A year ago, after publication of an item in this column titled “Jim Wynne, Volvo, and History of the Sterndrive” (PBB No. 161), New Zealander Peter J. Morgan wrote to say that credit for invention of the aforementioned should properly be credited to then MIT student Charles Strang, and not to Jim Wynne. The year, he wrote, was 1948. Of additional interest, Morgan described working in 1968–69 as a “young engineer” for Thunderbird Products Corp. in Miami, Florida.
Morgan’s career in design, engineering, and boatbuilding actually preceded his work with Thunderbird, and continued after he returned to his native New Zealand. In an addendum to his letter regarding the sterndrive, he wrote:
“Incidentally, in 1948 my dad (New Zealand’s second Mercury outboard dealer, from 1946) owned a Richard Hartley–designed and –built 14‘ [4.3m] runabout powered with New Zealand’s one and only Mercury 25-hp [19-kW] Thunderbolt. At age 11, in 1951, I used to roam the Bay of Islands in a 10‘3“ [3.1m] lapstrake dinghy powered by a 6-hp [4.5-kW] Mercury. While still an engineering student in 1964 I designed and built New Zealand’s first composite sandwich boat, Aurora, a 20‘ [6m], 25° deep-V, which I powered with a 225-hp [169-kW], 327-cu-in MerCruiser No. 2 sterndrive. It ran 48 mph [73 kmh]. In 1972 I started my own boatbuilding outfit.”
Following assiduous study of Ray Hunt’s Bertram 25 and Walt Walters’s Formula 233, Morgan designed and built Aurora with 12mm (1⁄2“) cedar strip-planking sheathed with epoxy/fiberglass woven rovings, based on research he’d done on the strength and stiffness of composite sandwich panels at the University of Auckland’s School of Engineering. Power was a 5.3-liter Chevrolet V8 delivered to a MerCruiser sterndrive. The boat was put into production as the Clipper 20 from 1966 to 1970. A few years later Morgan decided to modify the plug for what would become the Morgan 6•3. How he went about this is a tribute to, and representative of, the ingenuity of boatbuilders:
“The most powerful outboard then available was the Mercury 140, which was by today’s measure of prop shaft power, about 135 hp. The longest outboard shaft length then available was 20“ [508mm], so the use of a rear flooding compartment to sink the original 25°-deadrise hull down to its chines was out of the question, as the powerhead would have been far too close to the water surface. My solution was to modify the hull bottom by adding a long wedge along each chine flat, lowering the chines at the transom by 76mm [3“], and warping the section of bottom between the outside edge of the outer spray strake and the inside edge of the chine flat. Thus the deadrise on this outer section of bottom reduces progressively from 25° midships to 2° at the transom, giving an overall deadrise at the transom of 20°. My idea was to gain acceptable stability at rest, with single outboard power. Also, I raised the topsides by about 150mm [6“], incorporating a knuckle where the original gunwale had been. This allowed me to design a very low-profile cuddy cabin that people say still looks modern to this day. Although it looks low, there is full sitting headroom on the bunks for me, and I was 6‘ 51⁄2“ [1.97m] back then.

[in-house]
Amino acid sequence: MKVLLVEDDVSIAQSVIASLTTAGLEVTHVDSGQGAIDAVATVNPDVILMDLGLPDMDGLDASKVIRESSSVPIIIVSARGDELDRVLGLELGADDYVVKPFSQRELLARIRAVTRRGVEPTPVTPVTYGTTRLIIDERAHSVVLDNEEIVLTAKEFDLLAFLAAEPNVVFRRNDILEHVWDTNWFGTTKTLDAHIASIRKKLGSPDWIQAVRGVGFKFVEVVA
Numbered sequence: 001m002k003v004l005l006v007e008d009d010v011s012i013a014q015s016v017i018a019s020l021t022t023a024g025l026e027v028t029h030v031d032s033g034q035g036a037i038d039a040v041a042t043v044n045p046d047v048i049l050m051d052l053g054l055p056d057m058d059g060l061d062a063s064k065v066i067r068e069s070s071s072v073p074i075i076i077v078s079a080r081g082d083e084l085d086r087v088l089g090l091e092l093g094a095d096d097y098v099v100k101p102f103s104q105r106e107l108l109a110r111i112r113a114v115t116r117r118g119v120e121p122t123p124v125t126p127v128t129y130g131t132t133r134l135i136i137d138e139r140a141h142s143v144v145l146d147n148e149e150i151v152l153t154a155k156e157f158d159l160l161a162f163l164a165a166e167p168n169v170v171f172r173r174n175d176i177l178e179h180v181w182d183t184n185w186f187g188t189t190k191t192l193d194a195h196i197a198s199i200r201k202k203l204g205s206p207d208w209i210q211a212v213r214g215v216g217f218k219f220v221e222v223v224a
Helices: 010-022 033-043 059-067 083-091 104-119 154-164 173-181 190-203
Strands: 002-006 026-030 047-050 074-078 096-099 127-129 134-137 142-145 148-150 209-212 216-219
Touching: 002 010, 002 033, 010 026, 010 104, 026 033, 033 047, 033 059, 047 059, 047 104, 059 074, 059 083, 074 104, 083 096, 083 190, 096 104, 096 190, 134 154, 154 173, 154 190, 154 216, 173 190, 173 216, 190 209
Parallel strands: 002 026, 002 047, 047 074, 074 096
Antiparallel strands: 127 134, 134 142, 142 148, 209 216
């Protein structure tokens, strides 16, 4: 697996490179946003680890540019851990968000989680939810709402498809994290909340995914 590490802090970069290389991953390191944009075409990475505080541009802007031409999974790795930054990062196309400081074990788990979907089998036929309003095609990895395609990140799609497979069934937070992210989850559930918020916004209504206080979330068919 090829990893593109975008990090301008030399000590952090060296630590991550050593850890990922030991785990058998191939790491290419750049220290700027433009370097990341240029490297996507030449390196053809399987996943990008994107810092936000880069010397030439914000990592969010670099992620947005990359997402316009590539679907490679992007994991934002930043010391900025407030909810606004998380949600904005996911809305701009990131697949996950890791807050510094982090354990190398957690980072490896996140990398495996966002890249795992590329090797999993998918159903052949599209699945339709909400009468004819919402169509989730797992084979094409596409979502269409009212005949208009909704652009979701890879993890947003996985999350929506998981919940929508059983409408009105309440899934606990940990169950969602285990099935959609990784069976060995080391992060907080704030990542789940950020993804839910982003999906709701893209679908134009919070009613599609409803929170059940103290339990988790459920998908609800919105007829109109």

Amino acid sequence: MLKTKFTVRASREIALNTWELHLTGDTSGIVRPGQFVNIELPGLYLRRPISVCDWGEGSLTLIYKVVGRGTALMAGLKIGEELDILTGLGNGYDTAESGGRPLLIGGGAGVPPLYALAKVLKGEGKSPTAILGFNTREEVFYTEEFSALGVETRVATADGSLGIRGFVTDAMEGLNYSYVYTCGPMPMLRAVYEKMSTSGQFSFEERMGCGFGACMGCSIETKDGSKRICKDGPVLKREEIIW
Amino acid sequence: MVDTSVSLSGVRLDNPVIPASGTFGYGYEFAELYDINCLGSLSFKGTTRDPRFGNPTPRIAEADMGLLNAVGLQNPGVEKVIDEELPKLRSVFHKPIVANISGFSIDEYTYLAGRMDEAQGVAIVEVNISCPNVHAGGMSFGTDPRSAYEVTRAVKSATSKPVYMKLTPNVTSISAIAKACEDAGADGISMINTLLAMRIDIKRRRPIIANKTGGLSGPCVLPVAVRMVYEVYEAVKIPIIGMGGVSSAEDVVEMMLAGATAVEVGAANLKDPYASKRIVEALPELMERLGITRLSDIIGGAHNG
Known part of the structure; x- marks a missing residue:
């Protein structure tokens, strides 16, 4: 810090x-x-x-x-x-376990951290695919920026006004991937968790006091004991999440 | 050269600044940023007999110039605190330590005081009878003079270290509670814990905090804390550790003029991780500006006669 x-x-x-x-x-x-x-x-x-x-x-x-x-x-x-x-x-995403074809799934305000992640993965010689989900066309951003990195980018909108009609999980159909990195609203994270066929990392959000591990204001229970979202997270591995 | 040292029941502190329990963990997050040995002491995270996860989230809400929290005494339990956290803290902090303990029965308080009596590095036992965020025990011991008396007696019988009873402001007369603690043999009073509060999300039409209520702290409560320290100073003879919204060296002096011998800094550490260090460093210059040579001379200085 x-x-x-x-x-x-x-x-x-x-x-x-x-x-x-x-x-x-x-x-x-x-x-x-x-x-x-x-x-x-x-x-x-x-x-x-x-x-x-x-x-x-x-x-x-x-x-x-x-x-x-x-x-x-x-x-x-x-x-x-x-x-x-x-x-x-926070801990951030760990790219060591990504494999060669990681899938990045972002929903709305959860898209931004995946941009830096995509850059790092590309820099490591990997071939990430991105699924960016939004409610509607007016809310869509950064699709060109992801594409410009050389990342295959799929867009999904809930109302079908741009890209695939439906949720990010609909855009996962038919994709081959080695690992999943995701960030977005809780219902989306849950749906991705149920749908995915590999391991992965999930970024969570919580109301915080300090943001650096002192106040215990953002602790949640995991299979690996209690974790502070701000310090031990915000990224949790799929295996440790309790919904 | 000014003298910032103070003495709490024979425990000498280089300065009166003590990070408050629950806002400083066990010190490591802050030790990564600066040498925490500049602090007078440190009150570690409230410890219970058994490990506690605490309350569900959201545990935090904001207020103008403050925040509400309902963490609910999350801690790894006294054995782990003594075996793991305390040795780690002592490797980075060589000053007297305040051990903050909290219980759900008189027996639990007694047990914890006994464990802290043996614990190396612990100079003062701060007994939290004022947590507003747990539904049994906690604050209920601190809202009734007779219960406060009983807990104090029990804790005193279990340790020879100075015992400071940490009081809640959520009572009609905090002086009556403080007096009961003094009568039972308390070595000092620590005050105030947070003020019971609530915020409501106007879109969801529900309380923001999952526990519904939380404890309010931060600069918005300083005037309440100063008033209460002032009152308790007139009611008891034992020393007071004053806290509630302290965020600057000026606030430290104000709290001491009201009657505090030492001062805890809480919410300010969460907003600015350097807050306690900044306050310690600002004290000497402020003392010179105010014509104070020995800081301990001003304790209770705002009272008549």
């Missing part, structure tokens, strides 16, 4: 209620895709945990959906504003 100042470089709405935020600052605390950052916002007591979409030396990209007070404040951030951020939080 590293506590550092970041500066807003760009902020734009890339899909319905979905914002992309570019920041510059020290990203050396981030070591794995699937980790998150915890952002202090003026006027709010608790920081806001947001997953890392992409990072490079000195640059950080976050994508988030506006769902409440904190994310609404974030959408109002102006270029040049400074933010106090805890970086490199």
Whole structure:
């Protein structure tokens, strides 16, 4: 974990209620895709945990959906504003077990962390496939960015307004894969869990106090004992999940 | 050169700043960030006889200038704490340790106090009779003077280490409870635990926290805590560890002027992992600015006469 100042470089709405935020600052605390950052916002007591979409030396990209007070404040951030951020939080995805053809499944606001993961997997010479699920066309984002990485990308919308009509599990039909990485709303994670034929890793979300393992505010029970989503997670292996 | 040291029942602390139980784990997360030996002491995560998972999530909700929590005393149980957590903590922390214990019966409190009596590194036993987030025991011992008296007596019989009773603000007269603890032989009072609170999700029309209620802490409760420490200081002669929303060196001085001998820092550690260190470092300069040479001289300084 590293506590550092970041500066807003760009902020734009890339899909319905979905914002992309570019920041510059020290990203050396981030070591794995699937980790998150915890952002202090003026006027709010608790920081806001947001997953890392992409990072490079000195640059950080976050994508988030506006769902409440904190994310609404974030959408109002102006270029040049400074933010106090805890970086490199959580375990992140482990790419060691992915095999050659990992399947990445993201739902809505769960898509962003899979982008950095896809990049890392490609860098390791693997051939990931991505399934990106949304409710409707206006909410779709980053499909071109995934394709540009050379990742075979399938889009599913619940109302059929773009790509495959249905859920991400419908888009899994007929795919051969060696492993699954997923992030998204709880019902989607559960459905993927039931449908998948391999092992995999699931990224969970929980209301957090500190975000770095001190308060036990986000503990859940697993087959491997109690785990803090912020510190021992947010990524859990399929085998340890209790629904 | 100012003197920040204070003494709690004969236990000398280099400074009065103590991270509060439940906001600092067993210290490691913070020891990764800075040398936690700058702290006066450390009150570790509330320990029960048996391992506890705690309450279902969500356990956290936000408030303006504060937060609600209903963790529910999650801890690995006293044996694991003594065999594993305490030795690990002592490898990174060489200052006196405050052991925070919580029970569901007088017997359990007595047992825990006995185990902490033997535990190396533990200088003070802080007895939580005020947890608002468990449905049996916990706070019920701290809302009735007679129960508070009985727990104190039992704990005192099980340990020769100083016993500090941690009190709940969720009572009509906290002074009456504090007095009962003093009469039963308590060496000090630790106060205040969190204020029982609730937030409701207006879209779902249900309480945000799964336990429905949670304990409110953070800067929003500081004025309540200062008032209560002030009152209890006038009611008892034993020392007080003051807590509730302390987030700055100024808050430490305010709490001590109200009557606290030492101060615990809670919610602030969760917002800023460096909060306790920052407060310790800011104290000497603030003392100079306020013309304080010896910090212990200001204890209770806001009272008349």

“Sometime in the first half of 1975 while I was having my daily shower, it suddenly occurred to me that I could make a plug for a smaller boat hull by cutting up a 6•3 and joining it back together. So I had the Morgan 6•3 hull mould gelcoated, then I filled the outer spray strake and the inside of the stem with ‘bog’ and had a new plug made by using only chopper-gunned fibreglass mat, to a total thickness of about 10mm [7⁄16“]. I tabbed in a moulded stringer grid, a plywood false transom about 800mm [31“] for’ard of the existing one, a couple of transverse plywood bulkheads so that when released from the mould, the plug would retain its shape accurately. I made a width-adjustable wooden cradle on which to sit the hull, and then used a carpenter’s pencil and a piece of plywood about 300mm [12“] long and 178mm [7“] wide to mark more or less parallel lines along the inside of the hull from bow to stern, straddling the centreline, and vertically up the bulkheads. Next, I cut along the lines with my jigsaw, and slid the two halves together on the adjustable cradle, keeping the deadrise angle at 25°. I then joined the two halves permanently together by gluing and screwing doubler plates on the bulkheads and fibreglassing along the centreline of the inside of the hull shell. I cut round the hull to remove the ‘knuckle’ that I had added to the original Clipper 20 hull when making the Morgan 6•3 hull plug, to reduce the height of the topsides back to the same as those of the original Aurora. Next, the new flat transom was added, and the large radii at the corners were achieved with cardboard, filler, and fiberglass. Then we turned the hull over and proceeded to whack the bottom spray strake off with a cold chisel. Next, I used an angle grinder to give the stem a rounded shape, similar to the original 6•3’s.”
At 75 Morgan is still actively working, specializing in the forensic analysis of marine engines and heavy-truck mechanical failures.